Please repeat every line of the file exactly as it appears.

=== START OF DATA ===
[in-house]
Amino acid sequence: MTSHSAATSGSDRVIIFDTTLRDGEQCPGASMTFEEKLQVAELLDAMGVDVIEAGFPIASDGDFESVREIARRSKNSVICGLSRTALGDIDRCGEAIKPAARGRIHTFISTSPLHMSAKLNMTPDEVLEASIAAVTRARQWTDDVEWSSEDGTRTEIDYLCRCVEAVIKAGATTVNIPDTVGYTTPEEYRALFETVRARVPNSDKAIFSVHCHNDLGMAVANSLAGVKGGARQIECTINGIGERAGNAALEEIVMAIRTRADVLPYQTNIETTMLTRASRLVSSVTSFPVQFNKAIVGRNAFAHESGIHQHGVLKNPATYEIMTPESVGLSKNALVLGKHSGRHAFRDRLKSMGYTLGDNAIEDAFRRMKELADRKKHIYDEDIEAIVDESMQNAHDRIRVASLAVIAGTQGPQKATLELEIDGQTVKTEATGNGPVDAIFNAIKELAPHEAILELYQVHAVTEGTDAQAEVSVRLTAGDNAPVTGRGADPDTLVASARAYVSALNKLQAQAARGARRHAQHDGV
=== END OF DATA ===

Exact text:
[in-house]
Amino acid sequence: MTSHSAATSGSDRVIIFDTTLRDGEQCPGASMTFEEKLQVAELLDAMGVDVIEAGFPIASDGDFESVREIARRSKNSVICGLSRTALGDIDRCGEAIKPAARGRIHTFISTSPLHMSAKLNMTPDEVLEASIAAVTRARQWTDDVEWSSEDGTRTEIDYLCRCVEAVIKAGATTVNIPDTVGYTTPEEYRALFETVRARVPNSDKAIFSVHCHNDLGMAVANSLAGVKGGARQIECTINGIGERAGNAALEEIVMAIRTRADVLPYQTNIETTMLTRASRLVSSVTSFPVQFNKAIVGRNAFAHESGIHQHGVLKNPATYEIMTPESVGLSKNALVLGKHSGRHAFRDRLKSMGYTLGDNAIEDAFRRMKELADRKKHIYDEDIEAIVDESMQNAHDRIRVASLAVIAGTQGPQKATLELEIDGQTVKTEATGNGPVDAIFNAIKELAPHEAILELYQVHAVTEGTDAQAEVSVRLTAGDNAPVTGRGADPDTLVASARAYVSALNKLQAQAARGARRHAQHDGV